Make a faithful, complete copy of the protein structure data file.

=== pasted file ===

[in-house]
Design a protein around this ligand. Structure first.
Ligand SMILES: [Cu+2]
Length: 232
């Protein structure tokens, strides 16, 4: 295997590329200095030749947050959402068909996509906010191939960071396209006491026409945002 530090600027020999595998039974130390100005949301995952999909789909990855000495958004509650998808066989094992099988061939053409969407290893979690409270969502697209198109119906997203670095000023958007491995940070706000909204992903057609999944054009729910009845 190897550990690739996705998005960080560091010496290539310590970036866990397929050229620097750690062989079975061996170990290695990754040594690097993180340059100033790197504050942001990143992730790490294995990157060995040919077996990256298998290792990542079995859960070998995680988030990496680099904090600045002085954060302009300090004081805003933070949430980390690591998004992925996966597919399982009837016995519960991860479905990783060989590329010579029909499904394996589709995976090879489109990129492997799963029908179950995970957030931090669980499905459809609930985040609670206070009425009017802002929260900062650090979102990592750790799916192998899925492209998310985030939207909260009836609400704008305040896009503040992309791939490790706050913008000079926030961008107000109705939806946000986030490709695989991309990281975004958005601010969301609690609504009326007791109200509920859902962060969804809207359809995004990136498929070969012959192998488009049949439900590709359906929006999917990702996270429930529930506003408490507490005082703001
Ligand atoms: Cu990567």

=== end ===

[in-house]
Design a protein around this ligand. Structure first.
Ligand SMILES: [Cu+2]
Length: 232
């Protein structure tokens, strides 16, 4: 295997590329200095030749947050959402068909996509906010191939960071396209006491026409945002 530090600027020999595998039974130390100005949301995952999909789909990855000495958004509650998808066989094992099988061939053409969407290893979690409270969502697209198109119906997203670095000023958007491995940070706000909204992903057609999944054009729910009845 190897550990690739996705998005960080560091010496290539310590970036866990397929050229620097750690062989079975061996170990290695990754040594690097993180340059100033790197504050942001990143992730790490294995990157060995040919077996990256298998290792990542079995859960070998995680988030990496680099904090600045002085954060302009300090004081805003933070949430980390690591998004992925996966597919399982009837016995519960991860479905990783060989590329010579029909499904394996589709995976090879489109990129492997799963029908179950995970957030931090669980499905459809609930985040609670206070009425009017802002929260900062650090979102990592750790799916192998899925492209998310985030939207909260009836609400704008305040896009503040992309791939490790706050913008000079926030961008107000109705939806946000986030490709695989991309990281975004958005601010969301609690609504009326007791109200509920859902962060969804809207359809995004990136498929070969012959192998488009049949439900590709359906929006999917990702996270429930529930506003408490507490005082703001
Ligand atoms: Cu990567």